Instructor: Dr Gyula Y. KATONA
Text: Michael Sipser: Introduction to the Theory of Computation, Springer
Prerequisite: Prerequisite: some introductory combinatorics (e.g. definitions and basic properties of graphs, binomial coefficients, primes) is helpful, but not absolutely necessary.
- Finite automata, regular and non-regular languages, pumping lemma.
- Context-Free languages.
- Turing Machines, universal Turing machines. The existence of universal Turing machines.
- Recursive functions. Recursive, recursively enumerable languages.
- Algorithmic decidability, Halting problem and other undecidable problems.
- Storage and time, general theorems on space and time complexity
- Non-deterministic Turing-machines. NP and co-NP.
- Cook's theorem: SAT is NP-complete. Other NP-complete problems.
- Kolmogorov-complexity of sequences.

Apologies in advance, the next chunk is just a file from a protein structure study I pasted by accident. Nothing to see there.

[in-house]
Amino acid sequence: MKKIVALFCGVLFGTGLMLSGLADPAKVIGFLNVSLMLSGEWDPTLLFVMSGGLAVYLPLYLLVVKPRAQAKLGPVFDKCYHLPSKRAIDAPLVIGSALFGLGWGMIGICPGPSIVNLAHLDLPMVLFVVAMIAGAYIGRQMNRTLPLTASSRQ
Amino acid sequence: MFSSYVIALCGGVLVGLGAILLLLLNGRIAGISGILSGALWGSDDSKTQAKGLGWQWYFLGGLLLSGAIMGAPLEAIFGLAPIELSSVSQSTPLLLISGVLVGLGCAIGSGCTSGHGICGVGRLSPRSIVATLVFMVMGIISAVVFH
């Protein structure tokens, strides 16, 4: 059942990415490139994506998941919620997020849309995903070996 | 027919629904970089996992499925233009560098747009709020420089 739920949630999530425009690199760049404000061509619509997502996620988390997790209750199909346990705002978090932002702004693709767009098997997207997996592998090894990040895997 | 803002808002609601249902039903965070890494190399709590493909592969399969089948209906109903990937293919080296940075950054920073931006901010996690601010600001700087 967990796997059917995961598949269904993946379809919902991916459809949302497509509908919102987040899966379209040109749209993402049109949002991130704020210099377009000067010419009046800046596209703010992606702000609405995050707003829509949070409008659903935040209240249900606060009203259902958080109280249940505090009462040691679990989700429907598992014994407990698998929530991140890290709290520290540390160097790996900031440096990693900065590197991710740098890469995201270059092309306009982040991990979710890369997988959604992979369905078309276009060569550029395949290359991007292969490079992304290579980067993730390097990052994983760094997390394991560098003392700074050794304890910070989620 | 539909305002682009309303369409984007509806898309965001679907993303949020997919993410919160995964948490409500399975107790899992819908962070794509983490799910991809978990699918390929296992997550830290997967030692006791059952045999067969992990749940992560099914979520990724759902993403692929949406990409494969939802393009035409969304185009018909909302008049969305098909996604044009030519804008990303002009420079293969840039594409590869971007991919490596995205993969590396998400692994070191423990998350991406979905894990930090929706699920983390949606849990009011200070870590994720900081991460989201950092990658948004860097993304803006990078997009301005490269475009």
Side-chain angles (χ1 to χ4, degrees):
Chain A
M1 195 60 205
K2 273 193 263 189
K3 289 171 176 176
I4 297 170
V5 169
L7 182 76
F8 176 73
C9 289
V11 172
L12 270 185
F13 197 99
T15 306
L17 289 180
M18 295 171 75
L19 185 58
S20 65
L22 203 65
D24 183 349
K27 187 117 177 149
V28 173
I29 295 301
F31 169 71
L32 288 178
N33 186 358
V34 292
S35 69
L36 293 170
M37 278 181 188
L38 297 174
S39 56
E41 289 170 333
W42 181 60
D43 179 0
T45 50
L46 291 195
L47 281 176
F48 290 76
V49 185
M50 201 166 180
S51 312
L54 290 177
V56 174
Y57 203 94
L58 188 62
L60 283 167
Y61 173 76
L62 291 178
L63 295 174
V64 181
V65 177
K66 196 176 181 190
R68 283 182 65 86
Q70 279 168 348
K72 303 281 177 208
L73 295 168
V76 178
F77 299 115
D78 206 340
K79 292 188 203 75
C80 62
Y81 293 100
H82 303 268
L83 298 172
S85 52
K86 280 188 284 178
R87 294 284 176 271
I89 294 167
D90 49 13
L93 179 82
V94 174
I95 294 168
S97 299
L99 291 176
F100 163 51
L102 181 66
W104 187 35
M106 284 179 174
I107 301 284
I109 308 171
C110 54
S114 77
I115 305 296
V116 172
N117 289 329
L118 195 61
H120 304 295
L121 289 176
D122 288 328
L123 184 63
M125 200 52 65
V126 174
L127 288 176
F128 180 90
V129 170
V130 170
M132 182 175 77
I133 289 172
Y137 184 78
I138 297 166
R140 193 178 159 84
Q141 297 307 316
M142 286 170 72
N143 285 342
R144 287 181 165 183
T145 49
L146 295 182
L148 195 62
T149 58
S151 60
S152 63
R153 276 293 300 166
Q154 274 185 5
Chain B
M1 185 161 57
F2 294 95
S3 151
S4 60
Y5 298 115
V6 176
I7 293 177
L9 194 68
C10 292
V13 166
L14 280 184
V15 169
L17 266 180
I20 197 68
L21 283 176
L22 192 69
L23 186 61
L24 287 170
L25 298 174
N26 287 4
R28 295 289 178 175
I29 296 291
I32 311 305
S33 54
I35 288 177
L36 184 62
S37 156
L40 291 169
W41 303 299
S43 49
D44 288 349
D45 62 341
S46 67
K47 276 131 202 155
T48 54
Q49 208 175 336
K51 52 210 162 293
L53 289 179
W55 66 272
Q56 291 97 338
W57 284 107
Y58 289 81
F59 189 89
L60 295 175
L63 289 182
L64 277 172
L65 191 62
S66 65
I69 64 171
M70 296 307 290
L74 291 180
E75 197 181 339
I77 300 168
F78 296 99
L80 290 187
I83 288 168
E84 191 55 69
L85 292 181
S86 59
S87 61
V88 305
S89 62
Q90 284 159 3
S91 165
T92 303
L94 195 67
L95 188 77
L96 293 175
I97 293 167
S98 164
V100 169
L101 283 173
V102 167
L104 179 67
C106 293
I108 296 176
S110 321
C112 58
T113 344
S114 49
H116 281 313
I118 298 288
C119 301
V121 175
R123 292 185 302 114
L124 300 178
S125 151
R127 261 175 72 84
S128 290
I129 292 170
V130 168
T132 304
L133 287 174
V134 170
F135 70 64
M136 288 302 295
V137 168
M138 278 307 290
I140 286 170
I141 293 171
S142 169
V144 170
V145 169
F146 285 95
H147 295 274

The course has very little connection to programming, you don't need to know how to write programs. It is about the theoretical questions that arise from computers. Consider it more mathematics than computer science. However, nowadays every mathematician should know something about complexity theory.
Homework: 4 problems/week (1 easy, 2 medium, 1 hard). Working in groups is allowed, but write down your own version of the solution (and be sure it is correct). The worst 2 homework sets are dropped.
Midterm: 6 problems, open book, open notes, 2 hours in class
Final: 2 theory questions, closed book; 4 problems, open book, open notes, 2 hours in class
Homework 30%, Midterm 30%, Final 40%
90% A+, 85% A, 80% A-, 75% B+, 70% B